Record levels of investment in Ireland since the signing of The Belfast Agreement ‘simply would not have occurred’ without peace

Ibec warns however that the North has ‘still to realise the full potential’ of the peace dividend with ‘much to be done’ to deliver prosperity post-Brexit

Record levels of investment experienced in Ireland since the signing of The Belfast Agreement “simply would not have occurred” without peace, according to a group representing Irish employers.

Ibec warns however that the North has “still to realise the full potential” of the peace dividend with “much to be done” to deliver prosperity post-Brexit.

Despite a drop in emigration over the past two decades, a “brain drain” remains with 17,000 students leaving Northern Ireland each year to study in Britain; only a third of graduates return home immediately after graduating.

A further 2,000 Northerners move to the Republic to take up university places.


In a report published by Ibec today examining the economic and social benefits of the landmark peace deal as it approaches its 25th anniversary, they say there is “more to do” to tackle the migration issue:

“Peace is a crucial ingredient of certainty from a business perspective where increasingly the future of economic growth is tied to skilled and talented people wanting to live and work in a given location.”

The report says that while the immediate benefits of the peace process are substantial in terms of the reduction of violence and impact on people’s day-to-day lives, “what are less appreciated are the implications these had for prosperity on the island.”

Investment in high-tech technology jobs is singled out, with the sector growing “as fast as London and far outpacing other UK regions and Europe as a whole”.

“Substantial growth” in Irish whiskey exports – the industry is referred to as the “embodiment of our shared economy” with over 40 distilleries – are now worth more than £1 billion.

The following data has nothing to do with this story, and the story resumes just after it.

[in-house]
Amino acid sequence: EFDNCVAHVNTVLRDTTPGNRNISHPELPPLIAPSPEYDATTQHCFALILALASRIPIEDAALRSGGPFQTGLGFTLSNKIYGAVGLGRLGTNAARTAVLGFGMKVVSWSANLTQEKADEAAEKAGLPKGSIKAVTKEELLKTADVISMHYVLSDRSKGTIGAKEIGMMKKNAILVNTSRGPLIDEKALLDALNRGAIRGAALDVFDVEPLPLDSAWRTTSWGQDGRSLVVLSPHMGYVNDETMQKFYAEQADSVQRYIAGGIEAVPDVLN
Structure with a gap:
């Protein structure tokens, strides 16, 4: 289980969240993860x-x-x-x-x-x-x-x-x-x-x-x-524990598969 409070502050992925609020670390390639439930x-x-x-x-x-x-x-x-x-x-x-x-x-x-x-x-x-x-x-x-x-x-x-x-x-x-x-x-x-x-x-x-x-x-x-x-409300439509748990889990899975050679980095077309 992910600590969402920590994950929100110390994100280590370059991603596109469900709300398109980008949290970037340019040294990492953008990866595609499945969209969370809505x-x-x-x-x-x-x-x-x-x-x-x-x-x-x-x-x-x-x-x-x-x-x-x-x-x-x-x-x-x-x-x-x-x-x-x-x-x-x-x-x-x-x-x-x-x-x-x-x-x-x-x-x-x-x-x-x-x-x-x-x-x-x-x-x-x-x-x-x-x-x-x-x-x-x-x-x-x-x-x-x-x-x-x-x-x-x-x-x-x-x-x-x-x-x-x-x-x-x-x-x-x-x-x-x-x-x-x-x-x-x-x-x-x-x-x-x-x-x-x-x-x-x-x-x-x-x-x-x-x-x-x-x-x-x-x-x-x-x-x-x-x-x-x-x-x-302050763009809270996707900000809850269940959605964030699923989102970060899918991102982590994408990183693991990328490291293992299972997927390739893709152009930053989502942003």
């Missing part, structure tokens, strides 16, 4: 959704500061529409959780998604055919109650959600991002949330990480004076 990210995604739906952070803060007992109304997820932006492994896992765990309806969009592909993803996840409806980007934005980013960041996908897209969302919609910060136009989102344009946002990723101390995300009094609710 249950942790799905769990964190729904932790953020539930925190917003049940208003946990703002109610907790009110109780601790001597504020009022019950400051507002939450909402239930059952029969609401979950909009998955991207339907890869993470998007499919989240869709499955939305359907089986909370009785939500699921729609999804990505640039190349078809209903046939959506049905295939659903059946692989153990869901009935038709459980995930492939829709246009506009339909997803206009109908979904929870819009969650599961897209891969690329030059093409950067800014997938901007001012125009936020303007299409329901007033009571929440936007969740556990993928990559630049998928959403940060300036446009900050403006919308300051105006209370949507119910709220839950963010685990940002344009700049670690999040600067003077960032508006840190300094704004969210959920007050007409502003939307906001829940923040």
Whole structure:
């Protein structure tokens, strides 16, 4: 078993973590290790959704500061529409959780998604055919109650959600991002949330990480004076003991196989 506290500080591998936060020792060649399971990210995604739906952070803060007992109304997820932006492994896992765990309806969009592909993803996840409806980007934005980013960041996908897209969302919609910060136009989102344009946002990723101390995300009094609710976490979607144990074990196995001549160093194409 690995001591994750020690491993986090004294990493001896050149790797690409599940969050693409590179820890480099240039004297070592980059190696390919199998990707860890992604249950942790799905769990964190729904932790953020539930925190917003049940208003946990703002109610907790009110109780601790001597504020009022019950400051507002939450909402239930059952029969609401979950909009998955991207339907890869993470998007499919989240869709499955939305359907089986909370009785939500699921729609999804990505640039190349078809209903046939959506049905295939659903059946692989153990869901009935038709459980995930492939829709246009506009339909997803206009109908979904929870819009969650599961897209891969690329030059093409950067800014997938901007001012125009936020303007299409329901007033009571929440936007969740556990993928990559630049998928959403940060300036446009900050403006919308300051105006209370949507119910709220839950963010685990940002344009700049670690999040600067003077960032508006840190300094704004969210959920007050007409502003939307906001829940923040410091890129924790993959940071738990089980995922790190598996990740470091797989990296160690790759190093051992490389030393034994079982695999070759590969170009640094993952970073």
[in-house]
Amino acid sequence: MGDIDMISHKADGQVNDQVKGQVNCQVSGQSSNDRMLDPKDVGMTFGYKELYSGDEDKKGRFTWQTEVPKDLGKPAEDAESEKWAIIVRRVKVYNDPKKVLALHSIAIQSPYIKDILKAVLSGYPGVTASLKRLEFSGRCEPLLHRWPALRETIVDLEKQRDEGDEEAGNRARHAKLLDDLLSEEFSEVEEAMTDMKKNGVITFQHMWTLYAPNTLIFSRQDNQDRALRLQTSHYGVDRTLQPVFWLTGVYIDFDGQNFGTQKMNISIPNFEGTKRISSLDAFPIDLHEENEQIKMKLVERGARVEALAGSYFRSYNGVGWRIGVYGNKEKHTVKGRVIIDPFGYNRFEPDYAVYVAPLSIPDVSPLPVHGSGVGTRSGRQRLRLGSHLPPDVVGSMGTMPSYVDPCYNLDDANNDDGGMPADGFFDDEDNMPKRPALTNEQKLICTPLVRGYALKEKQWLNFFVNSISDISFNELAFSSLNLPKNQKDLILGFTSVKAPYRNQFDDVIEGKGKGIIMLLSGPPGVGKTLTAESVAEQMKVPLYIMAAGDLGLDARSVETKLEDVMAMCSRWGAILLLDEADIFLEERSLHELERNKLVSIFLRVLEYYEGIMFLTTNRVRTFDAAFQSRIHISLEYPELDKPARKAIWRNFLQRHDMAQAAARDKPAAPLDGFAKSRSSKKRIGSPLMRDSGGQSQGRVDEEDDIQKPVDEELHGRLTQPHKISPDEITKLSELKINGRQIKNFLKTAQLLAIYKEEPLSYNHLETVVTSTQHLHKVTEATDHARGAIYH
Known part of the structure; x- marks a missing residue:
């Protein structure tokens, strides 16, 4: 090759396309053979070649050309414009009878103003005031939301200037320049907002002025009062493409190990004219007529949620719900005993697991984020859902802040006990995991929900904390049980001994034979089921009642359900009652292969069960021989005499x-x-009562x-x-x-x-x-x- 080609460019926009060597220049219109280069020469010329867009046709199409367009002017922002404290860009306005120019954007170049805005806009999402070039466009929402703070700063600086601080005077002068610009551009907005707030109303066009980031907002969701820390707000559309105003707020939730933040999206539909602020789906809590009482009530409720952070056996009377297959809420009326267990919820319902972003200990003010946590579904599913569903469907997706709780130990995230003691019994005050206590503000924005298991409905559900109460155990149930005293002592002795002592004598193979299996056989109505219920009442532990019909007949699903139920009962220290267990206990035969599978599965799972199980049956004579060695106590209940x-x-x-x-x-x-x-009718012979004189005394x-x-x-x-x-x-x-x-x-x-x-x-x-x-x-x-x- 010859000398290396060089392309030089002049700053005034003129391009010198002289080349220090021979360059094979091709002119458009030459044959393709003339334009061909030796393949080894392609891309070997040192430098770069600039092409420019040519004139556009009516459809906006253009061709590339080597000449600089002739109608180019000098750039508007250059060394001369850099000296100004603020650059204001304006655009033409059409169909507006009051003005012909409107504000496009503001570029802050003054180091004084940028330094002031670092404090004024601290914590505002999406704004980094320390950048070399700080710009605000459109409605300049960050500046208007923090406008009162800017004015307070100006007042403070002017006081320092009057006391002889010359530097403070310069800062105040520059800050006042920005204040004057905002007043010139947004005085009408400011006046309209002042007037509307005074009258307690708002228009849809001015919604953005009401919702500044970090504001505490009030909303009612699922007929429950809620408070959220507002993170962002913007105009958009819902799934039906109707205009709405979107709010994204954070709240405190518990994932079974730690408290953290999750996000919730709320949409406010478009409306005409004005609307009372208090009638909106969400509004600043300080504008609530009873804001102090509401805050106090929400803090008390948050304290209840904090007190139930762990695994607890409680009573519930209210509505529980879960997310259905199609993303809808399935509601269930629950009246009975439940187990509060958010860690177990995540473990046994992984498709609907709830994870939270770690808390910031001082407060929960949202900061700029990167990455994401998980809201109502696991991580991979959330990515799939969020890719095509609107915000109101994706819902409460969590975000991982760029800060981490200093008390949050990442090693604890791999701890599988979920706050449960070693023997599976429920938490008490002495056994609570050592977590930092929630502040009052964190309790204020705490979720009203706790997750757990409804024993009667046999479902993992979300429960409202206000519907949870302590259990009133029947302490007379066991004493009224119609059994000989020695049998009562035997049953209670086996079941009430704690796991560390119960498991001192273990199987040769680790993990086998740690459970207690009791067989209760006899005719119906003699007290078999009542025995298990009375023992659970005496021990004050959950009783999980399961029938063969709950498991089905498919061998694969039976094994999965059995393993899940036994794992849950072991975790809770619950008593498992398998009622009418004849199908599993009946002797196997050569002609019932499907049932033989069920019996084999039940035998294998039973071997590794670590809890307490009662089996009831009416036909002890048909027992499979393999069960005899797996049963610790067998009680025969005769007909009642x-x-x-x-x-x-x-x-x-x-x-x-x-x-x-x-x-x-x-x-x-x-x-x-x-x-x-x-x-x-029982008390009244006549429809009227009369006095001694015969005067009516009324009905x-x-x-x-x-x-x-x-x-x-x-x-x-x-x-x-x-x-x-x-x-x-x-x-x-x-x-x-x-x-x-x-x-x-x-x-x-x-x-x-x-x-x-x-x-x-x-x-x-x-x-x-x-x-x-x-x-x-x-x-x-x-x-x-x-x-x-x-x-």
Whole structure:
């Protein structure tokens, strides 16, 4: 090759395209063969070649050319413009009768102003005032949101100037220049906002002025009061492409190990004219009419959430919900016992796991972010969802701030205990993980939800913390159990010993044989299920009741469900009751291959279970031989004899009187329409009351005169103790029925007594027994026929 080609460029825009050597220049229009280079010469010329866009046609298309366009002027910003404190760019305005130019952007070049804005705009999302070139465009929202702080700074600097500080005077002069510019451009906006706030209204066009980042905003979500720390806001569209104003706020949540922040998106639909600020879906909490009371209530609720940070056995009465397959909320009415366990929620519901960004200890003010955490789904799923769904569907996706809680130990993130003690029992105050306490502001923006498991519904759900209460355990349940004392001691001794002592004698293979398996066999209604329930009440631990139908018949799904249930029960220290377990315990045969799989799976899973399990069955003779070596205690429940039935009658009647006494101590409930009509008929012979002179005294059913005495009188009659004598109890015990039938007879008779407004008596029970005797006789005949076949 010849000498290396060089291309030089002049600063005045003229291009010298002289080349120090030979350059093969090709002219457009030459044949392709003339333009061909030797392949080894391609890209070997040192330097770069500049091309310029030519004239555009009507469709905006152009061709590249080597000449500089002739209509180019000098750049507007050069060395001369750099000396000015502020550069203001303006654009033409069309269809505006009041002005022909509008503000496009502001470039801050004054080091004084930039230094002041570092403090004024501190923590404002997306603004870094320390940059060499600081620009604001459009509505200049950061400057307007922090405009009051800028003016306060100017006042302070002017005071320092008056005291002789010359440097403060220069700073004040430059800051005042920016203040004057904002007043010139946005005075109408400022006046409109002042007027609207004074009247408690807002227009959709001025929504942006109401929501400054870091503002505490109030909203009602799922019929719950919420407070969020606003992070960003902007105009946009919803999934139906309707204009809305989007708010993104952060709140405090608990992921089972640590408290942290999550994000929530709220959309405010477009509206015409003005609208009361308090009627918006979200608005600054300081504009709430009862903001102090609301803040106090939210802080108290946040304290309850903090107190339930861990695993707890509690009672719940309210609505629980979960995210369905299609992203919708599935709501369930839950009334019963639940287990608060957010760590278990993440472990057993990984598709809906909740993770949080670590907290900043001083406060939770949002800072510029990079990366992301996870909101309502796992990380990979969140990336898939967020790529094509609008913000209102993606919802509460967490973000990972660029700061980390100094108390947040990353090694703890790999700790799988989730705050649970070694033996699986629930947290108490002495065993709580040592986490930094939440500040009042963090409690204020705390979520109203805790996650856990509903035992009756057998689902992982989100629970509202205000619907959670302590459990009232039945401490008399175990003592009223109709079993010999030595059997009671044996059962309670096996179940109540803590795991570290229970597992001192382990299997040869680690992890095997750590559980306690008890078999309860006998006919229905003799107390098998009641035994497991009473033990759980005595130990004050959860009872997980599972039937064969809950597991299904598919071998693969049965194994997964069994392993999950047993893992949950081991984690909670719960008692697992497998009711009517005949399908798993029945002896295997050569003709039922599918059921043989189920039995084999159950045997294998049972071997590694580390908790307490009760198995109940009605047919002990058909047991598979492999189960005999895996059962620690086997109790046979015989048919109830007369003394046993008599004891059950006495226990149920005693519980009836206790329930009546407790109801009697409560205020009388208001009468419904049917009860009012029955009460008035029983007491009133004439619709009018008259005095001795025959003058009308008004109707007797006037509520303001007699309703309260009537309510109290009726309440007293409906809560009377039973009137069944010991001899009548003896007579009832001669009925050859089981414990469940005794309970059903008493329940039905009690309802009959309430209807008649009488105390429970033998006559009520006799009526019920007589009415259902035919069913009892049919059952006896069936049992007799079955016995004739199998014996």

“Feedback from Ibec members is clear that the peace process helped allay fears and made major investments more attractive to global decision makers,” according to the report.

The removal of the border also had a “positive and significant impact” on trade volumes - between 1996 and 2000, cross-border trade in both directions soared by almost 60%. Post-Brexit, it has almost tripled to €9.5 billion.

Ibec highlights the success of the dairy industry – it operates as a single entity on the island and has a value approaching €16 billion – and says its free movement of milk, product and staff “has been underpinned by the (agreement) for the last 25 years”.

Speaking at the launch of the For Peace and Prosperity report, Ibec CEO Danny McCoy said: “Since 1998, we have experienced record levels of investment right across the island of Ireland and Britain.

“This would simply not have occurred in such magnitude in the absence of peace supporting stability. Such investment has delivered a prosperity that has seen millions of jobs created, hundreds of thousands of new businesses flourish, investment in formerly forgotten communities pour in, all of which has significantly enhanced overall living standards and quality of life for all.

“While this anniversary offers opportunity to mark the prosperity achievements of the Belfast/Good Friday Agreement, it also affords a timely opportunity for reflection and acknowledgement that we cannot afford complacency. While much progress has been made, there remains much to be done to deliver full prosperity from the peace dividend. This is made even more significant in the post-Brexit landscape we find ourselves in.”

Seanín Graham

Seanín Graham

Seanín Graham is Northern Correspondent of The Irish Times